Drive afar or foot the bill.
In an unusual move, Dooley told the sophomore that he would only release Douglas from his UT scholarship if he enrolled at a school that was at least an eight-hour drive from Knoxville.
Dooley’s decision is being reviewed by a financial aid committee. A final decision is expected this week.
Dooley had long refrained from commenting on Douglas’ reasons for transferring, only saying that it was a personal matter. Dooley offered a bit more insight Monday.
“It’s always been that his problems are from being here, being close to home,” Dooley said. “I felt like, first off, you don’t run from problems, you get problems to run from you. That’s what I tried to work with him on.
“The problems don’t go away, but he was convinced that his problems were here. And so I said ‘OK, Aaron if that’s the case, I think we need to move away from the problem to help you.’ ”
The stipulation doesn’t prevent Douglas from going to any school, but prevents him from being placed on scholarship. Therefore, Douglas would have to pay his way for a year if he decides to enroll at a Division I school to which he has not been released. Dooley announced March 25 that he would not release Douglas to any team on Tennessee’s schedule. That restriction is still intact.
Dooley said he has not heard back from Douglas concerning his college destination.
Douglas is a key loss. The former Maryville High School star was a freshman All-American last season after nailing down a starting job at offensive tackle in his first season at the position. He had previously played tight end.
Dooley maintained the stipulation for Douglas’ departure wasn’t mean-spirited nor meant to be a punishment.
“I think it’s the exact opposite,” Dooley said. “I’m trying to help him. If the problem is truly at home, then he shouldn’t be at home. But if it’s not truly at home, then we think he should be at Tennessee.”
Douglas’ father, former UT offensive lineman David Douglas, declined comment.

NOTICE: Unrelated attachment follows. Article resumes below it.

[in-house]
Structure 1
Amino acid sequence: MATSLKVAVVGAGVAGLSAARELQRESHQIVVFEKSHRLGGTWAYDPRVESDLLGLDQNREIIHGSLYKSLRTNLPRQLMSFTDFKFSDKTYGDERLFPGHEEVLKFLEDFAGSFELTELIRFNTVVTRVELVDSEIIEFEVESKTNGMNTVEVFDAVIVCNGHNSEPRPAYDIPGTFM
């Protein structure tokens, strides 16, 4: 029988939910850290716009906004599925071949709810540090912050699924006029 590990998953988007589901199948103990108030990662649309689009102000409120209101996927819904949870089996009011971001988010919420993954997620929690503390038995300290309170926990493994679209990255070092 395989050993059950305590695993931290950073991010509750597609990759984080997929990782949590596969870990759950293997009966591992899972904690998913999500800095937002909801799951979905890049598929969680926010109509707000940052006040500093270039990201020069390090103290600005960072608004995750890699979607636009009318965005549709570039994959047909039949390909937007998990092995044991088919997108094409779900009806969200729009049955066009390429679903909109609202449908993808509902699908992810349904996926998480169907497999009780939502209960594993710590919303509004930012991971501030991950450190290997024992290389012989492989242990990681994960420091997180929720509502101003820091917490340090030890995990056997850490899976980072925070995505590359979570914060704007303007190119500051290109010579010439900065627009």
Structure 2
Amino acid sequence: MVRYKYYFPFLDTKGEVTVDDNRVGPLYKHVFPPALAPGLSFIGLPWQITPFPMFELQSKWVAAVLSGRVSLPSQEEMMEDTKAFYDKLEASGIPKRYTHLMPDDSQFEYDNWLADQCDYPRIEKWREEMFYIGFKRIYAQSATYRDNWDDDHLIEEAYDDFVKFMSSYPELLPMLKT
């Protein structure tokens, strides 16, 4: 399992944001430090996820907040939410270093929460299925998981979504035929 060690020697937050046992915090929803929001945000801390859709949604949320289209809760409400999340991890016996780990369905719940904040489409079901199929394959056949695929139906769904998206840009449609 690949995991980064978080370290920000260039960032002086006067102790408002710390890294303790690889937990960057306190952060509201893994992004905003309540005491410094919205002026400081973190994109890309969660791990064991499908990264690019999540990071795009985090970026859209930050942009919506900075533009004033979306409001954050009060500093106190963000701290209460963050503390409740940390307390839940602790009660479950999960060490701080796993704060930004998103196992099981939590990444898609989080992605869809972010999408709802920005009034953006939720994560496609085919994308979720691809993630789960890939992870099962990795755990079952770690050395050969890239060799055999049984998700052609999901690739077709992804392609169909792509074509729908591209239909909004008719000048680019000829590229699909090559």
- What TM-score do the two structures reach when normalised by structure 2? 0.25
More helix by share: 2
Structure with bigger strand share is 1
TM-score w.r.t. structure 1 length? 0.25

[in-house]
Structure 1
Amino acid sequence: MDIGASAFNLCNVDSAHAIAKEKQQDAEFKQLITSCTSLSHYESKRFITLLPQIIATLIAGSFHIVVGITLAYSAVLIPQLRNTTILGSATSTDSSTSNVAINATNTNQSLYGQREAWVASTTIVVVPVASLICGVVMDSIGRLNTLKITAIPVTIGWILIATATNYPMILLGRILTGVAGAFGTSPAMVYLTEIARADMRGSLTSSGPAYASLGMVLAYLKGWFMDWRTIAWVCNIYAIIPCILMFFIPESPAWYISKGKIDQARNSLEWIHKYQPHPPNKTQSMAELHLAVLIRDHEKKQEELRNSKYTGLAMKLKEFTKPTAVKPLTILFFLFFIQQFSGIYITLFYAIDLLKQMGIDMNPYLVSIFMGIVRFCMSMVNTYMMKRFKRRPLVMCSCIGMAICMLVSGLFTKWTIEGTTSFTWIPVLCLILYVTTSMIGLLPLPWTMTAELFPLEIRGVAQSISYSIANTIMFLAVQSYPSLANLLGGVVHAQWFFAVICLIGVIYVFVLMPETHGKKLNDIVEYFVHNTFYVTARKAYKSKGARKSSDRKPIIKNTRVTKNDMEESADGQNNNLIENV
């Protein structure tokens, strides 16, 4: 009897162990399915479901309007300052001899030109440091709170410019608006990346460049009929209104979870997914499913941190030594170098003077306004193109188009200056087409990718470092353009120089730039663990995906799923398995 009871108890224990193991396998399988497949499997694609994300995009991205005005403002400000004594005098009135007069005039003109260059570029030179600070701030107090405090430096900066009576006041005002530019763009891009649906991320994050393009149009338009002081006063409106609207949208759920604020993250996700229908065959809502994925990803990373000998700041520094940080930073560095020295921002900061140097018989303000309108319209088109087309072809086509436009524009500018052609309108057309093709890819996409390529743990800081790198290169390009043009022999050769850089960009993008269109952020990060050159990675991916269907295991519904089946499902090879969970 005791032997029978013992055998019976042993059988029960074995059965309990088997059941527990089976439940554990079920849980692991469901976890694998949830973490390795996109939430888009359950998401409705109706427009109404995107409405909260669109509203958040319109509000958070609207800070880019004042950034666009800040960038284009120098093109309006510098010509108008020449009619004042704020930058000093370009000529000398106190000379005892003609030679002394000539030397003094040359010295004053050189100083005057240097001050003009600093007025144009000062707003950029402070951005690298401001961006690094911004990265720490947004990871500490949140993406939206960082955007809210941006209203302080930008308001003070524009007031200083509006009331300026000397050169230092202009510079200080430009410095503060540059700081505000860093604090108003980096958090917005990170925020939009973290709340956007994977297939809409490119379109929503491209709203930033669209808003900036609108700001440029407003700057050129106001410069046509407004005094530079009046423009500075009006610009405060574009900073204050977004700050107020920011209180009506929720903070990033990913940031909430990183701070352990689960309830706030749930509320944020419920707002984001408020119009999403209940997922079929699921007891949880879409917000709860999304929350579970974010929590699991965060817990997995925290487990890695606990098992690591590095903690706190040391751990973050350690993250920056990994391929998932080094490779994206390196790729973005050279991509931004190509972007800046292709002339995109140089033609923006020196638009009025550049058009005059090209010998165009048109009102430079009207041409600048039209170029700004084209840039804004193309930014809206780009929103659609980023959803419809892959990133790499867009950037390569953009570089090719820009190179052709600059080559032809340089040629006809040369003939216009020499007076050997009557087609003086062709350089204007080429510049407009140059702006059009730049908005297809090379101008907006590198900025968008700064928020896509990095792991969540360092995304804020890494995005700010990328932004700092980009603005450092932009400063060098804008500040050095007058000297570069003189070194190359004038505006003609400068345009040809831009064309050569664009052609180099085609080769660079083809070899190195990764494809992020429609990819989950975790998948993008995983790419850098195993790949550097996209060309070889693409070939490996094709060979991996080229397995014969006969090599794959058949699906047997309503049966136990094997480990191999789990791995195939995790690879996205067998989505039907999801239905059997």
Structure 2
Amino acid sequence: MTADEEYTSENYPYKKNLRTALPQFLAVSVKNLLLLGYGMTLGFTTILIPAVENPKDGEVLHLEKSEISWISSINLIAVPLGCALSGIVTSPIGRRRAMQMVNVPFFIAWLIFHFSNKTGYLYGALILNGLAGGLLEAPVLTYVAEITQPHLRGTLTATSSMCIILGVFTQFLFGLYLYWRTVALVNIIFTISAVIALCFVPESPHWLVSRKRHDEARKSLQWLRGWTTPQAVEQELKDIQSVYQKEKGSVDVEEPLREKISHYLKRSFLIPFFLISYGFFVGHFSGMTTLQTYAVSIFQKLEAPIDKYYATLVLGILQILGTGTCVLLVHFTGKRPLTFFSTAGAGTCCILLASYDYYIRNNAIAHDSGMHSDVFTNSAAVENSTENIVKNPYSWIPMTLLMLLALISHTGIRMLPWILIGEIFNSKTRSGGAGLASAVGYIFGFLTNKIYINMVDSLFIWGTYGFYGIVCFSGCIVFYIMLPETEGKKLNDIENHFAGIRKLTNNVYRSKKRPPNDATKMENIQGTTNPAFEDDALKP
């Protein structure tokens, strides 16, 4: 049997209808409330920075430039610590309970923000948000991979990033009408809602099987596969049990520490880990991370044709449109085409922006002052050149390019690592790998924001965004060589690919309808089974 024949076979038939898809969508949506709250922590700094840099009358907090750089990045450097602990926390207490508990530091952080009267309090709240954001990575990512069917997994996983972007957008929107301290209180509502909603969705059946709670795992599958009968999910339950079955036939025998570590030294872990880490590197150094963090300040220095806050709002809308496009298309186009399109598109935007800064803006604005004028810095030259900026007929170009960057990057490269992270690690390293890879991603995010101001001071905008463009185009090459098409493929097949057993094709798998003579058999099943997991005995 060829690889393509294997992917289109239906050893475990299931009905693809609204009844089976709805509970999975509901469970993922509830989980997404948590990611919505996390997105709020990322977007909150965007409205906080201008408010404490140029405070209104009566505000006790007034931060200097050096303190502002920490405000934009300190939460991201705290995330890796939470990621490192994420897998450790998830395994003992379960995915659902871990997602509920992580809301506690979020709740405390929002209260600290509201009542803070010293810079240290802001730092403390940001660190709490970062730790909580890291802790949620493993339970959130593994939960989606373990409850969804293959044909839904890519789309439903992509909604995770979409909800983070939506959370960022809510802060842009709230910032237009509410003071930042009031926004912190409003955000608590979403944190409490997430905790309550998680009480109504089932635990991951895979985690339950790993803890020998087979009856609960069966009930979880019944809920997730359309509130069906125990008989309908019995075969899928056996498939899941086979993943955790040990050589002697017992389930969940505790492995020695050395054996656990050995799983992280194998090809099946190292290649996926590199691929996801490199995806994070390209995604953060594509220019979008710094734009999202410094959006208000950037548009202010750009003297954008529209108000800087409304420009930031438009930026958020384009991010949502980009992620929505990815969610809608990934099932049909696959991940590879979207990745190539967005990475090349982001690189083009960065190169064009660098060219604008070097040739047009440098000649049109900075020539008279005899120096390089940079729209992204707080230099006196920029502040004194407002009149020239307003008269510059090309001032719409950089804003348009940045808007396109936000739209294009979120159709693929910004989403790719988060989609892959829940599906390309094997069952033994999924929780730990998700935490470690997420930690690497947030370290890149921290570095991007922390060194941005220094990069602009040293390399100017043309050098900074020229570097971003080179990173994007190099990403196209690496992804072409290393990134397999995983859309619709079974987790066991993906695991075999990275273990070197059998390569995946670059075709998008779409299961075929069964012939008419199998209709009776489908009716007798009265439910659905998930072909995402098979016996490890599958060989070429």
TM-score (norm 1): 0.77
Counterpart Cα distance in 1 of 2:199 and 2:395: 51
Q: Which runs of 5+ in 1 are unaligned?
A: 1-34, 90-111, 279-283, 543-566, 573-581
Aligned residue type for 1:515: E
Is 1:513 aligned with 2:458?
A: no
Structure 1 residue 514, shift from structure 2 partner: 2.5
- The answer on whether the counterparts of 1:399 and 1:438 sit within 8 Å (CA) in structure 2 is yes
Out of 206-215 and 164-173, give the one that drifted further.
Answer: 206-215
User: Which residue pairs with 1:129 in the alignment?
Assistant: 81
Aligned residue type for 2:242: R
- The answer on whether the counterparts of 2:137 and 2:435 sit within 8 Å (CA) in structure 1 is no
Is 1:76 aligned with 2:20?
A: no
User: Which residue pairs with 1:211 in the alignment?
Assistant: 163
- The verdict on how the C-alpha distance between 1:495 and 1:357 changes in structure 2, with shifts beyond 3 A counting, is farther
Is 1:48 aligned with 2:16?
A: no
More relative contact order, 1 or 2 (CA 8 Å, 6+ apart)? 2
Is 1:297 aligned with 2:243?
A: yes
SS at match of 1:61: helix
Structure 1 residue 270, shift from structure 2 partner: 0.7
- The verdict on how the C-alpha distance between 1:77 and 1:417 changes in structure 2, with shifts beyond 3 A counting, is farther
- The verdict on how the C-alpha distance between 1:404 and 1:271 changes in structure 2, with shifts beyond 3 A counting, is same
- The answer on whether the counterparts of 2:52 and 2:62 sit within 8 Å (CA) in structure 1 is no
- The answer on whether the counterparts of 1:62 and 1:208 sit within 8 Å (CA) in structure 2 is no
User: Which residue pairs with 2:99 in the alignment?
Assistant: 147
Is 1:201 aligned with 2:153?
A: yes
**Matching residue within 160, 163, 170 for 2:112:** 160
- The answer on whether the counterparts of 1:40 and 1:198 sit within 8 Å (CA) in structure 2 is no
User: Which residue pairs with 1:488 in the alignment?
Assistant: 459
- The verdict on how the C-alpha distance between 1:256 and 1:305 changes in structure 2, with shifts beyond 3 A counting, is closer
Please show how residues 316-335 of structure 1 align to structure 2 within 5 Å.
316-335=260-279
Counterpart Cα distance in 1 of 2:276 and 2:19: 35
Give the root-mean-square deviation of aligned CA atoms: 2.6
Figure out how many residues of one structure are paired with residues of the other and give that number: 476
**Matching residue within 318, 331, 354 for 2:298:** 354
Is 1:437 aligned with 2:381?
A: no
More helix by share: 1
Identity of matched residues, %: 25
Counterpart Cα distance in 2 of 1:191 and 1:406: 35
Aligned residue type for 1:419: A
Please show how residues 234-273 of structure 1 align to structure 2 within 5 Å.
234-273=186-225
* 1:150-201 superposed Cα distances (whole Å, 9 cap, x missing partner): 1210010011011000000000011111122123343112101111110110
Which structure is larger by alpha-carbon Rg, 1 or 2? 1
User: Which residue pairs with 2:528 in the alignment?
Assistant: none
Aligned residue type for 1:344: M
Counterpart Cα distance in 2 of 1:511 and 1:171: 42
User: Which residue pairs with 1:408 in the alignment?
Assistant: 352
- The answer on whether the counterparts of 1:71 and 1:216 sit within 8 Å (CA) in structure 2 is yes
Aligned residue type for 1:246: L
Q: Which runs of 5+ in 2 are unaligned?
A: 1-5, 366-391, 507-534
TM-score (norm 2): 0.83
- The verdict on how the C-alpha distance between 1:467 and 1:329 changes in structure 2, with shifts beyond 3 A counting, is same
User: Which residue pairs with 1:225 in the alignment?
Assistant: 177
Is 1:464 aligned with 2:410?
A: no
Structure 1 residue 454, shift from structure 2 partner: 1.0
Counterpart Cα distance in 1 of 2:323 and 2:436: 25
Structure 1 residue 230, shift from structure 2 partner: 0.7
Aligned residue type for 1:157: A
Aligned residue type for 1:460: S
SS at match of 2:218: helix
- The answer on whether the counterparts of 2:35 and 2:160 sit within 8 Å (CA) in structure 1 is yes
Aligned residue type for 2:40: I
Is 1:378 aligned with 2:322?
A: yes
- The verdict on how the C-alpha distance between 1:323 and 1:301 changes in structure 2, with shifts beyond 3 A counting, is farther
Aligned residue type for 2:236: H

Aaron Douglas could not be reached for comment.
Dooley knows what it’s like to play football far from home. He did so when he left Athens, Ga., to walk-on at Virginia.
“I went to school eight hours away from my home and it was a wonderful thing because I had a different set of issues — that I was (former Georgia coach) Vince Dooley’s son, which was wonderful in many ways but you were never able to forge your identity,” Derek Dooley said. “Because I went to school and had a great experience, met new people, they judged me for who I was not who my father was, I felt like that was a very similar thing that Aaron needed on different issues.”
Douglas’ issues are unclear.
Dooley said he will do all he can to help Douglas play elsewhere.
“I’ll be happy to help him anywhere,” Dooley said. “I’ll call (other schools) for him because I’m for Aaron Douglas. Do I want him here to be successful? Of course I do. But if he’s not here, I don’t wish ill will on him. I want him to be a better person and a better player.”
Douglas is one of three high-profile players the Vols lost this semester, along with tailback Bryce Brown and quarterback Nick Stephens. Dooley said he believes Douglas and Brown would have benefited from staying at UT.
“I wish both of them would stay in our program for a year, and then if they don’t like it we can shake hands (and move on),” Dooley said. “But I do feel like what we’re putting in our program is exactly what they need in their lives.”